When an expedition led by Veronica Patakay meets up with Ramar of the Jungle (Jon Hall) in the
jungle & ask him & his friends (Ray Montgomery, Nick Stewart)
for directions to the next native tribe, it's already quite clear that
Patakay has an agenda all of her own, that being all but confirmed when
a short time later Ramar & co find her assistant dead. When Ramar
starts investigating, he is captured by Patakay & her minions, &
learns that she is planning to test her radioactive gas (plus the
antidote) intended to use for modern warfare, on some small native tribe.
& since Ramar is around, he gets the chance to join them.
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Fortunately, Ramar's friends have in the meantime secured the aid of
some neighbouring tribe, & together the overthrow the mad female
Ramar ... was one of several then quite popular
jungle-tv-series (a genre that was popular in b-movies even before there
was television, & director Newfield made his fair share of them,
e.g. Nabonga or White
Pongo, both for PRC), which
all consisted mainly of scenes shot in a studio with rather shoddy &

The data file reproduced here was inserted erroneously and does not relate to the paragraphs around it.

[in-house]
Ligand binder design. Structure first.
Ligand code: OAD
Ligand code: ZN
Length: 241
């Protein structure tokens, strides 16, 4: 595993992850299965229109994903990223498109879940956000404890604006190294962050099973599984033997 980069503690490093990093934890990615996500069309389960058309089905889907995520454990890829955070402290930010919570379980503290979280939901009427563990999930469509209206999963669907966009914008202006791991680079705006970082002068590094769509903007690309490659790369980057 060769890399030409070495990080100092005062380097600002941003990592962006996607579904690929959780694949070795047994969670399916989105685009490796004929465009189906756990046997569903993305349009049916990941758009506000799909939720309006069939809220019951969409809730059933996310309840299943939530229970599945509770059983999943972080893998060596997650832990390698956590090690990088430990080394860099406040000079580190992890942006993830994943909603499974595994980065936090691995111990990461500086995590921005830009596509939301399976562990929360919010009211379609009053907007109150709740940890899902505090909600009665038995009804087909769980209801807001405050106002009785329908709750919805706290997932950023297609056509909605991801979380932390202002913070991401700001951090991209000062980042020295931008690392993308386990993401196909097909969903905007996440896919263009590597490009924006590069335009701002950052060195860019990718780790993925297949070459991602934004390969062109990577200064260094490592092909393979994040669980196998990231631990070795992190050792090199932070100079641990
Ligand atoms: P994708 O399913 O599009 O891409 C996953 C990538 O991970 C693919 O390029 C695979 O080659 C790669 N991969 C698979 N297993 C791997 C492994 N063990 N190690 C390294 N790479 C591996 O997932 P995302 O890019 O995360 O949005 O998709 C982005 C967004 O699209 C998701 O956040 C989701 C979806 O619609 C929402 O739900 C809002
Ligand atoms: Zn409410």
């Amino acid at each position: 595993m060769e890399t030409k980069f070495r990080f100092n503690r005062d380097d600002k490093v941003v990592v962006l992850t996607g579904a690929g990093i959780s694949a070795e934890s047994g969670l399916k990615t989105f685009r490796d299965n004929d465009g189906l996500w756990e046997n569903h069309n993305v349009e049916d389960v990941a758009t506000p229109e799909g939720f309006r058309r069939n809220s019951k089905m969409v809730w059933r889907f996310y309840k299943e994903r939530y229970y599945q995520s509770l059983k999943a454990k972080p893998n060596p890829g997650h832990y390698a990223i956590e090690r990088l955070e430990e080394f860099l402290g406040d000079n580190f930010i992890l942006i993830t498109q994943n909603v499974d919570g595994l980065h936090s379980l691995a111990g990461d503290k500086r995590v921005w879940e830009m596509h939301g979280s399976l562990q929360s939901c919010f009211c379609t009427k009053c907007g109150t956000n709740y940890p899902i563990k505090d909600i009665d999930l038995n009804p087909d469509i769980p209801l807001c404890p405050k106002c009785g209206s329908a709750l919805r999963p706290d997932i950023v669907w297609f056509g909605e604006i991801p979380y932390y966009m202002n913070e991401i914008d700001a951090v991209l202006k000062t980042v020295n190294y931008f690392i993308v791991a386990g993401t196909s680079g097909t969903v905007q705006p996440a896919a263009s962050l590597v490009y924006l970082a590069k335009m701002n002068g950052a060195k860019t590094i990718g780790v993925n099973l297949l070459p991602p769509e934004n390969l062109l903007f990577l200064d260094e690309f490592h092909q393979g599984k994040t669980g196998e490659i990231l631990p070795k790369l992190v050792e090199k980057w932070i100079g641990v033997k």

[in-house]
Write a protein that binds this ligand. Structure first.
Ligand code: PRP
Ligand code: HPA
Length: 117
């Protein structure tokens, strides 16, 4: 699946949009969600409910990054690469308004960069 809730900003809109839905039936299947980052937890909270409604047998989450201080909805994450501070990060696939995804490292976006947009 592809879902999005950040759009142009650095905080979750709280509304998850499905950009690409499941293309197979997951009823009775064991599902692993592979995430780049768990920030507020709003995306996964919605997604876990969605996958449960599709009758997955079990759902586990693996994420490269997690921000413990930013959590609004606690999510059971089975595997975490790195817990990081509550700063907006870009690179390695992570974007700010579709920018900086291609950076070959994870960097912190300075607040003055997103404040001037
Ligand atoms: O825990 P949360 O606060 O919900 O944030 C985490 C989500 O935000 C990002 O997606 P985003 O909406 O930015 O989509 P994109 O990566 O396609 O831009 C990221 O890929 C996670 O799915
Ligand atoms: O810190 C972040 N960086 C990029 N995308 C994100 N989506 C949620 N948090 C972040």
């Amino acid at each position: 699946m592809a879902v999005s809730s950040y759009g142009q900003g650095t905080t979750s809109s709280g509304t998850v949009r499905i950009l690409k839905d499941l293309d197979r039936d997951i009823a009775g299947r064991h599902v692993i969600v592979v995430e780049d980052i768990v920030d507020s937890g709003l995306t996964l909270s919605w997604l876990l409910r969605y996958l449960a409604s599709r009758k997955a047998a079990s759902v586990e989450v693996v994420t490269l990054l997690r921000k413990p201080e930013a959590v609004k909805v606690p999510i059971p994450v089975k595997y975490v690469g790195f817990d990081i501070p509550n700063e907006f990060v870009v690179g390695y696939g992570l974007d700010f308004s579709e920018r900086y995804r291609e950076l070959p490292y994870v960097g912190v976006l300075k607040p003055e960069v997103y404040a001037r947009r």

cheap-looking sets interspliced with stock footage of an actual African
safari. What sets Ramar apart from many competitors though is that it
frequently featured horror- & science fiction-plots (as does this
one, thus having much in common with then popular drive-in features by
AIP or Allied
Director Sam Newfield's career by that time had reached its tail-end
(though he would continue filming for another 6 years), him being around
since 1926, & his filmography would (concerning quantity) put that
of Jess Franco to shame, consisting of over 250 features. Newfield,
mainly an outdoor man, shot many a western with most of the bigger
b-Western-names - Bob Steele, Tim McCoy or Buster Crabbe, to name a few -
& might be best remembered now for having done a great many
of the Westerns with Fuzzy Al St John sideing various cowboy stars.
Horror fans, however, will more likely remember him for movies like Dead Men Walk,
The Flying Serpent, or the Mad
Monster, all starring George Zucco, all by PRC.